The earliest version of the image that I have found is the chromolithograph published by J. Latham & Co. of Boston.
    https://www.ebay.it/itm/Antique-The...5&algv=default&_trksid=p2047675.c100008.m2219

    In 1879, J. Latham & Co acquired the National Chromo Company of Philadelphia, which specialized in "parlor prints". The business ceased in 1885.
    https://digital.librarycompany.org/islandora/object/digitool:79596/print

    I think it is most likely that your painting is an amateur copy of the original chromolithograph print, as @Debora suggested.

    But your primary interest seems to be whether the painting you have is painted over an earlier painting, based on information you can see written on the back.

    The stretcher the canvas is mounted on is indicative of a 19th century date (or later). Stretchers with keys to adjust the size became common in the 19th century, replacing earlier "strainers" which were frames with fixed corners.

    It might also be helpful to determine the type of canvas used. If the fiber is cotton, (as opposed to linen), it is likely to be 19th century or later.

    It can be helpful to look closely at the edge of the canvas, where it is folded over the stretcher and nailed on. If an older canvas from before the era of stretchers was reused and remounted, there would be more than one series of tacking holes along the edge. There might also be evidence of additional layers of paint, or additional layers of canvas if an older painting had been relined and remounted.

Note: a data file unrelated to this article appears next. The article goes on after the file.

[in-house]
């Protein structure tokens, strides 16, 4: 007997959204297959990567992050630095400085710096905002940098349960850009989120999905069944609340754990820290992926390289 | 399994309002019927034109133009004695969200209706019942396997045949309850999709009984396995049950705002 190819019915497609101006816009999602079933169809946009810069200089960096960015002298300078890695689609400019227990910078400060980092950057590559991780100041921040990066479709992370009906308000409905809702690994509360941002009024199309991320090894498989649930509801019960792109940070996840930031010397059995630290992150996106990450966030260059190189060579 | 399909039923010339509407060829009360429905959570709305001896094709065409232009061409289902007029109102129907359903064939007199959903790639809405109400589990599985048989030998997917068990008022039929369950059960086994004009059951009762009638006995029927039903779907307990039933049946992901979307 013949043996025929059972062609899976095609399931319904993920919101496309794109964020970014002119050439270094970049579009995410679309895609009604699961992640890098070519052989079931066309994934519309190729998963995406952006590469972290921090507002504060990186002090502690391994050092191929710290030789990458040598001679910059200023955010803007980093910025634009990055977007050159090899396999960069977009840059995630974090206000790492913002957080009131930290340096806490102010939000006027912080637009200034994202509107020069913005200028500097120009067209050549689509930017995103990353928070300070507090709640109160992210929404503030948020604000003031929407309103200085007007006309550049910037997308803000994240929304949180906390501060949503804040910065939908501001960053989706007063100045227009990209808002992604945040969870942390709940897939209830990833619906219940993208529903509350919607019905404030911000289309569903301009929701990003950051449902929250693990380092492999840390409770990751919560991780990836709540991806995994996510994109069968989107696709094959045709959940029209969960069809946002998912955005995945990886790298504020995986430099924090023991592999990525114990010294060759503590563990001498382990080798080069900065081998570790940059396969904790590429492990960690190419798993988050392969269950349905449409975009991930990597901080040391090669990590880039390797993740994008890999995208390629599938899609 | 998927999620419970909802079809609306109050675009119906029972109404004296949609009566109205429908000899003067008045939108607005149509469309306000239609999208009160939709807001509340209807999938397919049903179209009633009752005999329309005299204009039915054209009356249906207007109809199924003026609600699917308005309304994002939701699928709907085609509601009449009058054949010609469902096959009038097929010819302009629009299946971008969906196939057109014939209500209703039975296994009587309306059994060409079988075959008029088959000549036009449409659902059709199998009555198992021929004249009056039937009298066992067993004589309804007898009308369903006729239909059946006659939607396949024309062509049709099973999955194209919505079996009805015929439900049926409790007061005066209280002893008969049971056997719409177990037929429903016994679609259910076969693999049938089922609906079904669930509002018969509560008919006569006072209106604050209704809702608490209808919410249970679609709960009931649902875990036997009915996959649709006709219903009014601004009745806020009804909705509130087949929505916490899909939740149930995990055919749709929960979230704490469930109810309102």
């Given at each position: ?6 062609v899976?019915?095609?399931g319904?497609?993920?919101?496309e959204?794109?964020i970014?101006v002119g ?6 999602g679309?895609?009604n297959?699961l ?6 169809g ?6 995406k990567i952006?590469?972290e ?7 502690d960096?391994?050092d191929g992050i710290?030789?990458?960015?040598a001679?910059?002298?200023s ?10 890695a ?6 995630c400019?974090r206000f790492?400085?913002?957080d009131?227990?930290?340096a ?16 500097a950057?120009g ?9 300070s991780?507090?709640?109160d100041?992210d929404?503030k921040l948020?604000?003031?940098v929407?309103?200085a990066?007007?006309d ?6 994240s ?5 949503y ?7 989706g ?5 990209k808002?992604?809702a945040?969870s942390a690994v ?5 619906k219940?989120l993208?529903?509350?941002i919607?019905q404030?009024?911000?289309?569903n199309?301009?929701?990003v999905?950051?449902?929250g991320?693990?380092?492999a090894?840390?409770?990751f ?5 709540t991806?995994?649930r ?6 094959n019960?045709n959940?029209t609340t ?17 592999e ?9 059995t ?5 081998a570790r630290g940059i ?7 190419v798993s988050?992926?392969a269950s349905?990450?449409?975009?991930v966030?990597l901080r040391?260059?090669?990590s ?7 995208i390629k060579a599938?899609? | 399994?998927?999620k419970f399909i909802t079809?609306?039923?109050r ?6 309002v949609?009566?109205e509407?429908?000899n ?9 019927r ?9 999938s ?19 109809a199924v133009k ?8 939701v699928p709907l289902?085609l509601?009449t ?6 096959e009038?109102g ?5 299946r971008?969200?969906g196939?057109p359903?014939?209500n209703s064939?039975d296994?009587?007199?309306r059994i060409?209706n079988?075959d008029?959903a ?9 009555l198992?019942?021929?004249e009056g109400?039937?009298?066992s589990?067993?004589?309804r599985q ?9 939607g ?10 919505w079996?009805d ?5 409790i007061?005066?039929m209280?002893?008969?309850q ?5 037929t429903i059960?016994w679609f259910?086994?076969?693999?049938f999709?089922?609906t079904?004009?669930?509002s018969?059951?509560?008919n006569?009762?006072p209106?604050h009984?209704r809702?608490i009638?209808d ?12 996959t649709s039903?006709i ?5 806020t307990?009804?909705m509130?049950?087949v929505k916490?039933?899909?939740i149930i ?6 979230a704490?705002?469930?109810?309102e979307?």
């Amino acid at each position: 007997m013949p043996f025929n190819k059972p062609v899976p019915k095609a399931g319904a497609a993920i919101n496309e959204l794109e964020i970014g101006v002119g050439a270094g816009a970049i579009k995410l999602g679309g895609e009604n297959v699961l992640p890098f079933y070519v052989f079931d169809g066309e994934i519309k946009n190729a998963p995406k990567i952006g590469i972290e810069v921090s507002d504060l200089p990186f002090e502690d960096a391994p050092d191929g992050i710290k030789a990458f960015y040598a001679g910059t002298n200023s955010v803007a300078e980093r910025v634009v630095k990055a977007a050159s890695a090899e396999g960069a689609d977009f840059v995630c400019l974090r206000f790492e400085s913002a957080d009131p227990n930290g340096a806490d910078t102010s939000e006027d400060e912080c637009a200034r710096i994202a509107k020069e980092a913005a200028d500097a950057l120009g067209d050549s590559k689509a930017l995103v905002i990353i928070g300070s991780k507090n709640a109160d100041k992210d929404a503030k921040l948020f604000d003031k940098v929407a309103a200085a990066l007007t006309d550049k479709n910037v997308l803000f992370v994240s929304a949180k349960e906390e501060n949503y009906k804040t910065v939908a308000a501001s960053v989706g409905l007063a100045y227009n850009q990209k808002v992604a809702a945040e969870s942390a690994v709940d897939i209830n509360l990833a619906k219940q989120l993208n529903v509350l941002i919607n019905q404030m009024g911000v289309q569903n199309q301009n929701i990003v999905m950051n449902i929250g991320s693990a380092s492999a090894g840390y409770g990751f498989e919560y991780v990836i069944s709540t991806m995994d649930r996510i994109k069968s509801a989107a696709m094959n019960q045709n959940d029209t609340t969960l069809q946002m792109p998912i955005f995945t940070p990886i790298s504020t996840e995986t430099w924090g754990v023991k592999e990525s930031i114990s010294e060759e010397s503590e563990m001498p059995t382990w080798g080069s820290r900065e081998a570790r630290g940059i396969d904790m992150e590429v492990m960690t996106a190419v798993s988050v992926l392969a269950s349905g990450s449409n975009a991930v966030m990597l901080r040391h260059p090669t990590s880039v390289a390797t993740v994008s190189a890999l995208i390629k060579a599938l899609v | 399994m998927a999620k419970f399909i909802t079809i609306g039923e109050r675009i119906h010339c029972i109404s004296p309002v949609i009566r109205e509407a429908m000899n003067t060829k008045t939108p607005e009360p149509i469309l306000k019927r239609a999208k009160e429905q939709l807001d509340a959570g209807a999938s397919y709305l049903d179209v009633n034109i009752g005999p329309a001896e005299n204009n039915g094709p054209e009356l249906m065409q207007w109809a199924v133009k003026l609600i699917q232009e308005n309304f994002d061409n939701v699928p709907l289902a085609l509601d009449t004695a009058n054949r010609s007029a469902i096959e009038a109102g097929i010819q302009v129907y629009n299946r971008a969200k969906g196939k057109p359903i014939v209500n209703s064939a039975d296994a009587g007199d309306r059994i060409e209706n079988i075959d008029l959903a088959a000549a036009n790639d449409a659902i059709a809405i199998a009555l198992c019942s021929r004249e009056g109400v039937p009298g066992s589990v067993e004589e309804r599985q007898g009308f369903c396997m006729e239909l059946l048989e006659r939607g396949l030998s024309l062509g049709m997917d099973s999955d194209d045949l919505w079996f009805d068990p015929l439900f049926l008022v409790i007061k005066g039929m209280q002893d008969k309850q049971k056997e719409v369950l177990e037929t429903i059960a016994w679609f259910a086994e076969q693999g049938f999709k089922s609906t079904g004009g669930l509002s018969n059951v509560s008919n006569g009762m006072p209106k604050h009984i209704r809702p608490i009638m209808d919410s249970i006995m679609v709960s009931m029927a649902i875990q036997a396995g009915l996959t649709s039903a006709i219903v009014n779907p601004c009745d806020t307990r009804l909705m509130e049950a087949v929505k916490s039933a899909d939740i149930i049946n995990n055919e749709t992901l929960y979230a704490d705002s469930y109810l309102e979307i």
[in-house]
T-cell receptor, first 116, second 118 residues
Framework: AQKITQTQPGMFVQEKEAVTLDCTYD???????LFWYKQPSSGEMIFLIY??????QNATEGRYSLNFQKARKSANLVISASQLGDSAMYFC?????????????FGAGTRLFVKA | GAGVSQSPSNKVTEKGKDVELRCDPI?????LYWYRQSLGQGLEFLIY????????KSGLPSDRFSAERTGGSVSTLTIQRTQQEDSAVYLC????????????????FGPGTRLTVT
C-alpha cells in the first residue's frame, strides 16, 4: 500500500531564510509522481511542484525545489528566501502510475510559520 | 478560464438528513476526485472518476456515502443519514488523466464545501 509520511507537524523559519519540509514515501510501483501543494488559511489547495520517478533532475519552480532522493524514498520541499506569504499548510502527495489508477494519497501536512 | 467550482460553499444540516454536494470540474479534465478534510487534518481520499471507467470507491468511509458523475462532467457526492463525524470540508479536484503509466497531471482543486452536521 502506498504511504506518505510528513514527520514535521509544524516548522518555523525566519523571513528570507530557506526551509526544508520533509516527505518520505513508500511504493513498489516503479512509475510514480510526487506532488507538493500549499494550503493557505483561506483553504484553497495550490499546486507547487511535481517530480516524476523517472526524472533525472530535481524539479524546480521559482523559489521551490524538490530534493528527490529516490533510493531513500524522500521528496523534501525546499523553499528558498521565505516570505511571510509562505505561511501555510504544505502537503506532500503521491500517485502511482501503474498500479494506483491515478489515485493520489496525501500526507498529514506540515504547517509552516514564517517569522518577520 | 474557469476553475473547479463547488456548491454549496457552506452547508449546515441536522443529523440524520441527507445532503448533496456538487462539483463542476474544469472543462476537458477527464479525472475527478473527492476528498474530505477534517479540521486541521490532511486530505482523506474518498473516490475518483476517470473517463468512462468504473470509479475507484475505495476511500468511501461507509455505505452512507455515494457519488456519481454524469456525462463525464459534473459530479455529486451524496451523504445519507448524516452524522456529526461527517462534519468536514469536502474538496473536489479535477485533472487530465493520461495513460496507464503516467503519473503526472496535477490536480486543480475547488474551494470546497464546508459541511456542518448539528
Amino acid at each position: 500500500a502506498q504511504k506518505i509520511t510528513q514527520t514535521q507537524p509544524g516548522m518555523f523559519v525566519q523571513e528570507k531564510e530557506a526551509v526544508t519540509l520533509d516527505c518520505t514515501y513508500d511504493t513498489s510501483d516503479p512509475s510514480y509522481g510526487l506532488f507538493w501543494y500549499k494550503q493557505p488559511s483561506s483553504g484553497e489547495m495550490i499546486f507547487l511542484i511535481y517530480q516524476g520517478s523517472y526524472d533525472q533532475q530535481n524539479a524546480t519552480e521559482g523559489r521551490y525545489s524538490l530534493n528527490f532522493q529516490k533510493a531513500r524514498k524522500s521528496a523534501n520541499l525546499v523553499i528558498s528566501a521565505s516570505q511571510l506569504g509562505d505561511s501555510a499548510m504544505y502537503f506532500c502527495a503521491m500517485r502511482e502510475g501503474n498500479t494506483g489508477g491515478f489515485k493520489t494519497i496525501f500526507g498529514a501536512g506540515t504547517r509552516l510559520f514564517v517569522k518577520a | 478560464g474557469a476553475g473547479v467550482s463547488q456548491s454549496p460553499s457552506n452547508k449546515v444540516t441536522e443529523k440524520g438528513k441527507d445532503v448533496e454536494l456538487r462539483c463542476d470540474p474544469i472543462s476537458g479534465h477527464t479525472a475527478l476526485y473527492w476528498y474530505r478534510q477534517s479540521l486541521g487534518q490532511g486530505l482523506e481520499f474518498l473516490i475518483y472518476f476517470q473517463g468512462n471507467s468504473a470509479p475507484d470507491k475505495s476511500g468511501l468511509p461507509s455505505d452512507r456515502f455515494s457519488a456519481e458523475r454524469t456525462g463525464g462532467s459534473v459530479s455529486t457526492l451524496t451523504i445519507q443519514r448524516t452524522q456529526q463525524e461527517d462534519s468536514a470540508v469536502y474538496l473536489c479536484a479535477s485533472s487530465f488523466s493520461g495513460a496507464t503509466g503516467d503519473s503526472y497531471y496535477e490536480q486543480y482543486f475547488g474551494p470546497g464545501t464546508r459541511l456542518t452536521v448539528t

Siető Csilla and Houseful like this.
  13. SUPERJUNK1970

    SUPERJUNK1970 Member

    Thank you very much for your answers.
    The information you provided is very helpful to me.
    I'm an amateur treasure hunter and often think I have something special
    But without experience or someone knowledgeble like yourself that lends a few words of knowledge to dreamer .I would just be lost and hoard wordless things.
    Thanks
     
    2manybooks likes this.
  14. SUPERJUNK1970

    SUPERJUNK1970 Member

    20210813_134556-ccfopt.jpg I got a better picture.
    I believe it says
    Top= F 1492
    Bottom= Davide ghirlandaio
     
  15. SUPERJUNK1970

    SUPERJUNK1970 Member

    My bad David , not Davide.
     
  16. SUPERJUNK1970

    SUPERJUNK1970 Member

    The painting has been retouched many times over the years.
    A good cleaning might reveal a better painting.